Improving image derived vegetation maps with regression based distribution modeling

S. Z. Dobrowski, J. A. Greenberg, C. M. Ramirez, S. L. Ustin

Research output: Contribution to journalArticlepeer-review

17 Scopus citations


Incorporating ecological information into image-based vegetation mapping remains a challenge. Much attention has been placed on the use of ancillary information layers in image classification (e.g. slope, aspect, elevation) in that they provide indirect links to information that is ecologically relevant to species distributions. The objective of this study was to assess the utility of incorporating regression-based distribution model surfaces with image classification results using a consensus theoretic approach. We used spatially explicit non-parametric regression modeling in order to incorporate ancillary information in the production of an existing vegetation map for the Lake Tahoe basin. Probability surfaces for 19 prevalent species or genera were produced using generalized additive modeling (GAM). Models were fit to plot data obtained from multiple resource agencies using land-form based explanatory variables derived from a digital elevation model. Model evaluation was assessed by examining species response curves and through cross-validation, resulting in a range of accuracies for individual species (ROC values from 0.58 to 0.85). Probability surfaces for the study area were subsequently generated within a GIS. These surfaces were spatially re-sampled and used in conjunction with IKONOS imagery for use in vegetation mapping. The GAM surfaces were combined with maximum likelihood image classification results using consensus theory and a simple iterative weighting scheme. Results from the analysis demonstrate that the inclusion of the GAM surfaces improved individual class accuracies and suggests the need for implementing standardized and objective species modeling techniques for improving vegetation maps.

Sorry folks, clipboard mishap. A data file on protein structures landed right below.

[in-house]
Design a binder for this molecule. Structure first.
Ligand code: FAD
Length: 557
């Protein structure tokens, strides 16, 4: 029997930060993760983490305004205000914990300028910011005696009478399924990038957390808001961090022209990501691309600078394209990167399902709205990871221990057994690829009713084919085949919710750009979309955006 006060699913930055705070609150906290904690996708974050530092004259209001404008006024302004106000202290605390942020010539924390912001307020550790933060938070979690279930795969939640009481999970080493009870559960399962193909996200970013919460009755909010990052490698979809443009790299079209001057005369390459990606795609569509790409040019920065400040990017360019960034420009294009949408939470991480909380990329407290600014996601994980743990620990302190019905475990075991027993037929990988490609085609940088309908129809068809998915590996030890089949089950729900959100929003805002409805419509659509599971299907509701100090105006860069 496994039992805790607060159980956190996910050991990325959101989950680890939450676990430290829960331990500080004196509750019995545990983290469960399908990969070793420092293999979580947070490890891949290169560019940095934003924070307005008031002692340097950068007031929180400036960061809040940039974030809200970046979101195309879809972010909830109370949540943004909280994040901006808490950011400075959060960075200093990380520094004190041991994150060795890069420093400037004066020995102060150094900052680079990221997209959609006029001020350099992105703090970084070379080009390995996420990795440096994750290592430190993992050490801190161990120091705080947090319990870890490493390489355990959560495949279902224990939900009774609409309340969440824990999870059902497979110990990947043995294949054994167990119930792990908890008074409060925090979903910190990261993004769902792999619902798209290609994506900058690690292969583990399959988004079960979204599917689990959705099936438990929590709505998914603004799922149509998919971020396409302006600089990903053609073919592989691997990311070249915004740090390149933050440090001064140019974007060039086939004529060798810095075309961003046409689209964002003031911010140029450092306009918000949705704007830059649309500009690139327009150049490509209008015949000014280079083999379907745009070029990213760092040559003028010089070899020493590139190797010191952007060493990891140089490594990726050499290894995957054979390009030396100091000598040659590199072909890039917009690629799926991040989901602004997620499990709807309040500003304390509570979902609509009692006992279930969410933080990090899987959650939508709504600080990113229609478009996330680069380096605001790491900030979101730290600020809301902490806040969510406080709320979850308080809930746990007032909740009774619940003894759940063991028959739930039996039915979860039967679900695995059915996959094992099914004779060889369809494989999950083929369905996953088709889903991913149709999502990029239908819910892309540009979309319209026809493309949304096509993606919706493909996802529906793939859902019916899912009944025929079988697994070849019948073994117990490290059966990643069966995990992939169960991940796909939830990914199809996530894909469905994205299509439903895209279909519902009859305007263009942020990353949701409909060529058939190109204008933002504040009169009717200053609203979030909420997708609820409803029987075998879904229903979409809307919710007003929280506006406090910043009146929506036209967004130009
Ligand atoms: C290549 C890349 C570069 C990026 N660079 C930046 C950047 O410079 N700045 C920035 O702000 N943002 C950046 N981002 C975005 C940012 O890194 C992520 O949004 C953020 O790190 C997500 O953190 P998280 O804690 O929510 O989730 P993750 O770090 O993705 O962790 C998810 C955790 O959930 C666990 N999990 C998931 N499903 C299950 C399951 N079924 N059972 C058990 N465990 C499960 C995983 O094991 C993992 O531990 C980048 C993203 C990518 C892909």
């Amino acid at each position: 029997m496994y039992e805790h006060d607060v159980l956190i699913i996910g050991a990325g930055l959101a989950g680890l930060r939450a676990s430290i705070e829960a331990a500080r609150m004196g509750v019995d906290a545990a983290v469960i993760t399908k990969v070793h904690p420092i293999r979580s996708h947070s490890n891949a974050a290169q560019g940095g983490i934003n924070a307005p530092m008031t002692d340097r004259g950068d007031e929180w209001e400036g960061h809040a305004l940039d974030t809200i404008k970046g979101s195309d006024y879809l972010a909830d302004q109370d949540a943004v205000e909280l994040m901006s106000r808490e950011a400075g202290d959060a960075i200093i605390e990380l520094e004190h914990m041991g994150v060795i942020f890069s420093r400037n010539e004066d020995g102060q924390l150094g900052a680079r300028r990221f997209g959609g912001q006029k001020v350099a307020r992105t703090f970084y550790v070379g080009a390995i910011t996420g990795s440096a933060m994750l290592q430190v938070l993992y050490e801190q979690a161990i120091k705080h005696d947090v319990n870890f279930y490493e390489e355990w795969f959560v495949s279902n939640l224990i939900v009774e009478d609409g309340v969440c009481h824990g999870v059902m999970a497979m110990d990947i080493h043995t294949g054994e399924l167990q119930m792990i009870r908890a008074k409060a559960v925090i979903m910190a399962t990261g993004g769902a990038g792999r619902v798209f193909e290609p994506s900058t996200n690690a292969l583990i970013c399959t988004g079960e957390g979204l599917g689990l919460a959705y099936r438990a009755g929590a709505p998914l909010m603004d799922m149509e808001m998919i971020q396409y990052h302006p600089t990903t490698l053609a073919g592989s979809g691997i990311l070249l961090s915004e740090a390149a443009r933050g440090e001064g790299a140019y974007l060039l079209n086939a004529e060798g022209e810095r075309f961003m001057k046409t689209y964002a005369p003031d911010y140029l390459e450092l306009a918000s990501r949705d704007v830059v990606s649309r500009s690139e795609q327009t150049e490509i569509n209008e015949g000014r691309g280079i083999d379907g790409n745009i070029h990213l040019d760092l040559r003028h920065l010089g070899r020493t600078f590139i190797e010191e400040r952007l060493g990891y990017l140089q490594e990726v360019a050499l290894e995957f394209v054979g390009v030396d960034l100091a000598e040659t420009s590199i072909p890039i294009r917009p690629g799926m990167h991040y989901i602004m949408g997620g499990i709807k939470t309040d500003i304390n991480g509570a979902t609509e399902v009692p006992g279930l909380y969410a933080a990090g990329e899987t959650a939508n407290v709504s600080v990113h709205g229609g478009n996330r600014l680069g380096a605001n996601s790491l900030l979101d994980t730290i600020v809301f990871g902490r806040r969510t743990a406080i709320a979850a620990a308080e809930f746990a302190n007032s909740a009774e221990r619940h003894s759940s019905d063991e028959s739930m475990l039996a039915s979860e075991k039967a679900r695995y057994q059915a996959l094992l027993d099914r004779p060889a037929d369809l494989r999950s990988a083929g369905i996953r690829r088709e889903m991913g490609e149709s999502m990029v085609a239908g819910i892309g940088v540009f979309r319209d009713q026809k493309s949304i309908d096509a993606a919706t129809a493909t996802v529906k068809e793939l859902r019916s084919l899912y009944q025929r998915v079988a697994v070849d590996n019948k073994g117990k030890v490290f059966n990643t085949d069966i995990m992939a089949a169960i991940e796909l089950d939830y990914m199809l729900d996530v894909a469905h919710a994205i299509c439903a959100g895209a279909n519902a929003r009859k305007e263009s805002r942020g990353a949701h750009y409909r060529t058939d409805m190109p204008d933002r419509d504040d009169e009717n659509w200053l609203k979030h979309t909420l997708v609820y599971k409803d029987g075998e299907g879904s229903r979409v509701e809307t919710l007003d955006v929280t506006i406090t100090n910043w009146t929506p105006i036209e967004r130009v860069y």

Original languageEnglish
Pages (from-to)126-142
Number of pages17
JournalEcological Modelling
Issue number1-2
StatePublished - Feb 15 2006


We would like to thank the Tahoe Regional Planning Agency and the USDA Forest Service for support of this project. We would particularly like to thank Hugh Safford, Mike Volmer, Shane Romsos, and Marchelle Munnecke for their help and feedback. We also thank our field crew, Jennifer Buck and Upekala Wijayratne. Lastly, we acknowledge the comments provided by Janet Franklin and an anonymous reviewer that greatly improved this manuscript.

FundersFunder number
Tahoe Regional Planning Agency
U.S. Forest Service-Retired


    • Ancillary data
    • Consensus theory
    • Distribution modeling
    • Generalized additive model (GAM)
    • IKONOS
    • Lake Tahoe
    • Multi-source
    • Species mapping
    • Species prediction
    • Vegetation mapping


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